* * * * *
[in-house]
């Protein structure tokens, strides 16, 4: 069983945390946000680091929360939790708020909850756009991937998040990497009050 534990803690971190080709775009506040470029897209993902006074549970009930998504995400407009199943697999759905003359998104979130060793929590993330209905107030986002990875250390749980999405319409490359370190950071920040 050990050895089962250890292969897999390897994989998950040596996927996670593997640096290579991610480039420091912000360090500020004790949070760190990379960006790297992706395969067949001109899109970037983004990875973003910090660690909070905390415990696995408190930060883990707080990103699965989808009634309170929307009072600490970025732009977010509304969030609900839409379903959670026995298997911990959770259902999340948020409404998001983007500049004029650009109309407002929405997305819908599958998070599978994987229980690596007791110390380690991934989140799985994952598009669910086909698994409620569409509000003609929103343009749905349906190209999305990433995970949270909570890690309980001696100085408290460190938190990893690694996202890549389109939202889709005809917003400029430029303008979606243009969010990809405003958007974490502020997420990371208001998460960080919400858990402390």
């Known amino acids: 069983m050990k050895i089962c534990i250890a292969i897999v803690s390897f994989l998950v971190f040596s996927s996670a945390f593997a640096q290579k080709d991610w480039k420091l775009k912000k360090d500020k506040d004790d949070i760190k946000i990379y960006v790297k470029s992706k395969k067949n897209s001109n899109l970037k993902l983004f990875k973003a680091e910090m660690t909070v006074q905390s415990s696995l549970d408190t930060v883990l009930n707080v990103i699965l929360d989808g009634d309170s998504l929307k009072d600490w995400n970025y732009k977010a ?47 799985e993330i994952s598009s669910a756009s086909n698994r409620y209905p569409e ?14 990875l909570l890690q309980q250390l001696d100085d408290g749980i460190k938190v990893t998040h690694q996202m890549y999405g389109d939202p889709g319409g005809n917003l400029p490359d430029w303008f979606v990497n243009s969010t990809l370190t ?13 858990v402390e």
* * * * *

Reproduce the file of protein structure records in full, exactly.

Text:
[in-house]
């Protein structure tokens, strides 16, 4: 069983945390946000680091929360939790708020909850756009991937998040990497009050 534990803690971190080709775009506040470029897209993902006074549970009930998504995400407009199943697999759905003359998104979130060793929590993330209905107030986002990875250390749980999405319409490359370190950071920040 050990050895089962250890292969897999390897994989998950040596996927996670593997640096290579991610480039420091912000360090500020004790949070760190990379960006790297992706395969067949001109899109970037983004990875973003910090660690909070905390415990696995408190930060883990707080990103699965989808009634309170929307009072600490970025732009977010509304969030609900839409379903959670026995298997911990959770259902999340948020409404998001983007500049004029650009109309407002929405997305819908599958998070599978994987229980690596007791110390380690991934989140799985994952598009669910086909698994409620569409509000003609929103343009749905349906190209999305990433995970949270909570890690309980001696100085408290460190938190990893690694996202890549389109939202889709005809917003400029430029303008979606243009969010990809405003958007974490502020997420990371208001998460960080919400858990402390």
């Known amino acids: 069983m050990k050895i089962c534990i250890a292969i897999v803690s390897f994989l998950v971190f040596s996927s996670a945390f593997a640096q290579k080709d991610w480039k420091l775009k912000k360090d500020k506040d004790d949070i760190k946000i990379y960006v790297k470029s992706k395969k067949n897209s001109n899109l970037k993902l983004f990875k973003a680091e910090m660690t909070v006074q905390s415990s696995l549970d408190t930060v883990l009930n707080v990103i699965l929360d989808g009634d309170s998504l929307k009072d600490w995400n970025y732009k977010a ?47 799985e993330i994952s598009s669910a756009s086909n698994r409620y209905p569409e ?14 990875l909570l890690q309980q250390l001696d100085d408290g749980i460190k938190v990893t998040h690694q996202m890549y999405g389109d939202p889709g319409g005809n917003l400029p490359d430029w303008f979606v990497n243009s969010t990809l370190t ?13 858990v402390e």